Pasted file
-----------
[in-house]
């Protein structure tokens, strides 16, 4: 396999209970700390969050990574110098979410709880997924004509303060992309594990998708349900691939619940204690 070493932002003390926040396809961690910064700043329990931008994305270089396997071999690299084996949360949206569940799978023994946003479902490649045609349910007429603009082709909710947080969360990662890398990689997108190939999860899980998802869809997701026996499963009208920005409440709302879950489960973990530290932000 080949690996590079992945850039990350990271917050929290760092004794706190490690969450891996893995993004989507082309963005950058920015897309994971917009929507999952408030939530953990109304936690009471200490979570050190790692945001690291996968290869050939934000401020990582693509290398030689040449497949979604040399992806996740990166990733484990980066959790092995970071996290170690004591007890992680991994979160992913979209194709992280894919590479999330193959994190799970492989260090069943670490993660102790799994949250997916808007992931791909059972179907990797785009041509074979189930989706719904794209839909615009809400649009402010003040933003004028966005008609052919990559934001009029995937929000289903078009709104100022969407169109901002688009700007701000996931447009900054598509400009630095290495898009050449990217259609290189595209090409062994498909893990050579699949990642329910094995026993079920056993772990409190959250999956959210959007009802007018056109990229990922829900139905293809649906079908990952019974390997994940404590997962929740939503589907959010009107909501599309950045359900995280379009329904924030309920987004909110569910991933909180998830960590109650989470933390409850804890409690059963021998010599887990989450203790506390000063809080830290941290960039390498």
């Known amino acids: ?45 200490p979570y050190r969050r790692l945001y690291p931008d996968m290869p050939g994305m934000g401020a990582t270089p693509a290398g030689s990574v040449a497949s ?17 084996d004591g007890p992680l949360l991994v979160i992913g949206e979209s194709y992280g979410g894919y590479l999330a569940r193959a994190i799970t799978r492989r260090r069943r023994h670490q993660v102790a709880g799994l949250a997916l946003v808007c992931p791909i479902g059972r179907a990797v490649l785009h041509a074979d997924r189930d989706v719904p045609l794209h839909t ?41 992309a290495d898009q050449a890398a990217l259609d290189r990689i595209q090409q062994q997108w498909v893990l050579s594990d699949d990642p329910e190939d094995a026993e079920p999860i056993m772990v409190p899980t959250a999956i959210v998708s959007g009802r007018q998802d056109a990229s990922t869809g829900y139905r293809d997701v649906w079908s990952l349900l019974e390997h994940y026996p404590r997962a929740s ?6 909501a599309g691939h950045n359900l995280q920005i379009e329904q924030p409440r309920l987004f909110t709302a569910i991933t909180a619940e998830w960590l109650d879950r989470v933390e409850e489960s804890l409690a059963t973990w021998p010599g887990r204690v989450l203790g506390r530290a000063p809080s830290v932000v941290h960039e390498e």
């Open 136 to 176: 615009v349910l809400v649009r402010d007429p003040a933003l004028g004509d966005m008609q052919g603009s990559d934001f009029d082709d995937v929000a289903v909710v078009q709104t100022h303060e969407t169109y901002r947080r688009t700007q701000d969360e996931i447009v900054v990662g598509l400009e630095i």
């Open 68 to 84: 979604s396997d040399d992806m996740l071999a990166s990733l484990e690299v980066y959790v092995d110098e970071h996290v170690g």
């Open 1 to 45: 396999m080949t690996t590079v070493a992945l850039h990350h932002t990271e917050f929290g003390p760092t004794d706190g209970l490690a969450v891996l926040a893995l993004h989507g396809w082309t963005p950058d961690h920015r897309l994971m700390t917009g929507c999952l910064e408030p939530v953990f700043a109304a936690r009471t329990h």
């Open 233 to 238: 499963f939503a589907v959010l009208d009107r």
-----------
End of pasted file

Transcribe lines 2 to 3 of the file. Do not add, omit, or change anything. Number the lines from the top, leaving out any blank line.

């Protein structure tokens, strides 16, 4: 396999209970700390969050990574110098979410709880997924004509303060992309594990998708349900691939619940204690 070493932002003390926040396809961690910064700043329990931008994305270089396997071999690299084996949360949206569940799978023994946003479902490649045609349910007429603009082709909710947080969360990662890398990689997108190939999860899980998802869809997701026996499963009208920005409440709302879950489960973990530290932000 080949690996590079992945850039990350990271917050929290760092004794706190490690969450891996893995993004989507082309963005950058920015897309994971917009929507999952408030939530953990109304936690009471200490979570050190790692945001690291996968290869050939934000401020990582693509290398030689040449497949979604040399992806996740990166990733484990980066959790092995970071996290170690004591007890992680991994979160992913979209194709992280894919590479999330193959994190799970492989260090069943670490993660102790799994949250997916808007992931791909059972179907990797785009041509074979189930989706719904794209839909615009809400649009402010003040933003004028966005008609052919990559934001009029995937929000289903078009709104100022969407169109901002688009700007701000996931447009900054598509400009630095290495898009050449990217259609290189595209090409062994498909893990050579699949990642329910094995026993079920056993772990409190959250999956959210959007009802007018056109990229990922829900139905293809649906079908990952019974390997994940404590997962929740939503589907959010009107909501599309950045359900995280379009329904924030309920987004909110569910991933909180998830960590109650989470933390409850804890409690059963021998010599887990989450203790506390000063809080830290941290960039390498």
């Known amino acids: ?45 200490p979570y050190r969050r790692l945001y690291p931008d996968m290869p050939g994305m934000g401020a990582t270089p693509a290398g030689s990574v040449a497949s ?17 084996d004591g007890p992680l949360l991994v979160i992913g949206e979209s194709y992280g979410g894919y590479l999330a569940r193959a994190i799970t799978r492989r260090r069943r023994h670490q993660v102790a709880g799994l949250a997916l946003v808007c992931p791909i479902g059972r179907a990797v490649l785009h041509a074979d997924r189930d989706v719904p045609l794209h839909t ?41 992309a290495d898009q050449a890398a990217l259609d290189r990689i595209q090409q062994q997108w498909v893990l050579s594990d699949d990642p329910e190939d094995a026993e079920p999860i056993m772990v409190p899980t959250a999956i959210v998708s959007g009802r007018q998802d056109a990229s990922t869809g829900y139905r293809d997701v649906w079908s990952l349900l019974e390997h994940y026996p404590r997962a929740s ?6 909501a599309g691939h950045n359900l995280q920005i379009e329904q924030p409440r309920l987004f909110t709302a569910i991933t909180a619940e998830w960590l109650d879950r989470v933390e409850e489960s804890l409690a059963t973990w021998p010599g887990r204690v989450l203790g506390r530290a000063p809080s830290v932000v941290h960039e390498e």